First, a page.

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Can Iran, world powers build on recent progress in nuclear talks?

Tomorrow's 'technical-level' meeting in Istanbul will give a quieter, closed-door venue for six world powers and Iran to try to turn diplomatic progress into concrete measures.

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For Khamenei, talks part of rivalry

In the Almaty meeting, Mr. Khamenei said, the P5+1 “did nothing important which can be considered giving concession to Iran, but they only owned up to a small part of the rights of the Iranian nation.”

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Nader says it can be argued that “Khamenei sees this as his legacy, not just having a nuclear weapons capability, but in beating the West at this game, because that’s what he sees it as: competition between the two sides, which is embedded in Iran’s concept of strategic rivalry with the United States."

Catherine Ashton, the European Union foreign-policy chief who leads negotiations on behalf of the P5+1, on Saturday called on Western negotiators to be “determined and creative” in finding ways to build “trust” with Iran, to encourage further “real discussion.”

But the optics of success for both sides depend upon how they can present them back home. Senior US officials say the fundamentals of their package have not changed and do not amount to “concessions” to Iran. Many in the US Congress want sanctions increased, regardless of what steps Iran takes short of giving up its nuclear program altogether.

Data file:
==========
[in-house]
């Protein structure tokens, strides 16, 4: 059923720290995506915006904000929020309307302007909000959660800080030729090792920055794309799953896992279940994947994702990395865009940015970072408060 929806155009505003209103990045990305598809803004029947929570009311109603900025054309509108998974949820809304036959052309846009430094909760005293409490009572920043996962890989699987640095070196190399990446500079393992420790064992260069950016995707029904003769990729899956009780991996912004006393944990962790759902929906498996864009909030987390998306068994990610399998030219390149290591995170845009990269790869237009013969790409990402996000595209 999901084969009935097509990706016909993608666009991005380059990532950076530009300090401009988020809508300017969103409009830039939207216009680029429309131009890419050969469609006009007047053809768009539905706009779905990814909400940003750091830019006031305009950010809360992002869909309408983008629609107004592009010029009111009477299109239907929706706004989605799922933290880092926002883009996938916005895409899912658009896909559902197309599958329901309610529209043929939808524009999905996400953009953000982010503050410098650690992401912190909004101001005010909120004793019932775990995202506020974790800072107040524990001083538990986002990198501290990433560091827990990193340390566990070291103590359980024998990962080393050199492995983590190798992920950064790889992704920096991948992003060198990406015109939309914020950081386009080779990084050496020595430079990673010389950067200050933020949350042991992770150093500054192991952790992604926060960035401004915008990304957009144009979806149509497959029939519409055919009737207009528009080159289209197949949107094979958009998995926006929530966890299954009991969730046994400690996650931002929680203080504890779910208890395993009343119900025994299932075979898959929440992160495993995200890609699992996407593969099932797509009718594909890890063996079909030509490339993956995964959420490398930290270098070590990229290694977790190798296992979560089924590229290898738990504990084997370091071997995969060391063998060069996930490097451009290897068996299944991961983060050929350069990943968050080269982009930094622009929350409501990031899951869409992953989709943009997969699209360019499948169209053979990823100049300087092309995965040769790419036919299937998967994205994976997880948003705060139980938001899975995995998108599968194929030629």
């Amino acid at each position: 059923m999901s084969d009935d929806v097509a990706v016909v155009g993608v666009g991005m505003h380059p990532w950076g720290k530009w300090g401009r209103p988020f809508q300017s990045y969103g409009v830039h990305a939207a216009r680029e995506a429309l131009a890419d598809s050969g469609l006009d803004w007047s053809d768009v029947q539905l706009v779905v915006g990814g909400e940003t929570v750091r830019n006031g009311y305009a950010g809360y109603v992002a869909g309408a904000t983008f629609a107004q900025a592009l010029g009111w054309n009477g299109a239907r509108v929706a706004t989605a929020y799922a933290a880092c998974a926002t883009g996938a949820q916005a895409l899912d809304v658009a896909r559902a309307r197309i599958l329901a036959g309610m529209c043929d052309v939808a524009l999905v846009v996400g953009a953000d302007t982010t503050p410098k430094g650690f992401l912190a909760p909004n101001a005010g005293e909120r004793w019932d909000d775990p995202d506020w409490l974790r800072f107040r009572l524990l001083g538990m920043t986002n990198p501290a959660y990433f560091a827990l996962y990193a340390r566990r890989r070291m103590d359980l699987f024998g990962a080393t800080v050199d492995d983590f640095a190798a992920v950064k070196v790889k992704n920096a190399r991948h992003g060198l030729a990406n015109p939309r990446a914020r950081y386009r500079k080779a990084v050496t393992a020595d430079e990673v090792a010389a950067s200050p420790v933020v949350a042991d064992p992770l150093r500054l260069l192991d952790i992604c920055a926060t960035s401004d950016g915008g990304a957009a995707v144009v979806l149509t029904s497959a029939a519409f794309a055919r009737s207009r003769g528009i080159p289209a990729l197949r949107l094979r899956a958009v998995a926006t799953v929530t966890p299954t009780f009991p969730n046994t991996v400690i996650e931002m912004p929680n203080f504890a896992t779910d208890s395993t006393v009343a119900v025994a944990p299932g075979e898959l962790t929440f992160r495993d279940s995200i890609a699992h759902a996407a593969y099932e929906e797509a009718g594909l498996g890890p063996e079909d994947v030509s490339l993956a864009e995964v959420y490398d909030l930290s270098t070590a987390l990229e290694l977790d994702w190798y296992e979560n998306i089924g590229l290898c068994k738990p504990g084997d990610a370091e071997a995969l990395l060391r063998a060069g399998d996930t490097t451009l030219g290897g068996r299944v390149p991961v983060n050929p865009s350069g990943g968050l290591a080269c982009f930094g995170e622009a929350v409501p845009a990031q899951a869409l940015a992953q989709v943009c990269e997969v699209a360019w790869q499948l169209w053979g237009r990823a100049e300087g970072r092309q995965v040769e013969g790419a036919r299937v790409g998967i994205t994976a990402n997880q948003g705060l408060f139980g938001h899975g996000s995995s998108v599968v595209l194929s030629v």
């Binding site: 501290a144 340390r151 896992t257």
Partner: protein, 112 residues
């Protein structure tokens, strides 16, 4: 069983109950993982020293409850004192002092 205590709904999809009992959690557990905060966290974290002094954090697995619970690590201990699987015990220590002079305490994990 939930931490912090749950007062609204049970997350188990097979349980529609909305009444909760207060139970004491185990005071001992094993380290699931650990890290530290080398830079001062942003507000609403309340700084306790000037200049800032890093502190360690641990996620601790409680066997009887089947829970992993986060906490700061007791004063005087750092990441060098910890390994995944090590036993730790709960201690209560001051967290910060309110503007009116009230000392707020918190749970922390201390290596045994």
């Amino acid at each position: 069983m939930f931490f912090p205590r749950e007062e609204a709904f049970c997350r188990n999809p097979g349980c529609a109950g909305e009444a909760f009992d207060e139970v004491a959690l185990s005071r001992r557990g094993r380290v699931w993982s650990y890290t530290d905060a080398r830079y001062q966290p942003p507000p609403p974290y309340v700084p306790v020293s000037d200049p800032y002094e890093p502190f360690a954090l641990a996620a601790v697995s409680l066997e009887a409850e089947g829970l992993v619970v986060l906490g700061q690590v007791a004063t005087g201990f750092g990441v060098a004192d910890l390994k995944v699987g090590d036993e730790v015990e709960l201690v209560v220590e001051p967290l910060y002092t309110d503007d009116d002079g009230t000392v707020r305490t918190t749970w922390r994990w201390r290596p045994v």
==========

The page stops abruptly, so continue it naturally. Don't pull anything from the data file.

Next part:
For Iran, it has been critical to present the adjusted P5+1 proposal as the result of a new realization by the P5+1 that sanctions and pressure are pointless – and that its own unbending stance has paid off.

“While everybody expected Iran to first change its strategic calculations and then its proposal, it was the West which finally changed its proposal,” wrote Mahdi Mohammadi, a former political editor of Iran’s hard-line Kayhan newspaper now attached to Iran’s nuclear negotiating team, in a March 7 analysis.

“I believe that an important mental shift has occurred in the minds of US statesmen about the definition of a nuclear Iran,” writes Mr. Mohammadi on the Iran Review website.

Past rhetoric repeated

Still, ahead of the Istanbul talks, both sides repeated past rhetoric. Mr. Obama told Israeli television last week that a nuclear Iran was a “red line” for the US, and that Iran was just “over a year or so” from making a nuclear weapon, if it chose to. Iran officially rejects nuclear weapons, with Khamenei frequently saying they are "sin" and un-Islamic. 

Likewise, an Iranian Revolutionary Guard commander, Brig. Gen. Masoud Jazayeri, on Saturday deliberately echoed a common formulation by US and Israeli officials.

“Mr. Obama, do not make a mistake: We have all our options on the table,” said Jazayeri, according to a Guard website. “Our commanders have been authorized to respond to any kind of hostile move by the enemy.”

Last Thursday, the head of Israel’s military intelligence, Maj. Gen. Amir Kochavi, stated that Iran was making progress on its nuclear program, but “has not yet decided to build a bomb.” That also remains the prevailing assessment of US intelligence agencies. 

* Follow Scott Peterson on Twitter at @peterson__scott

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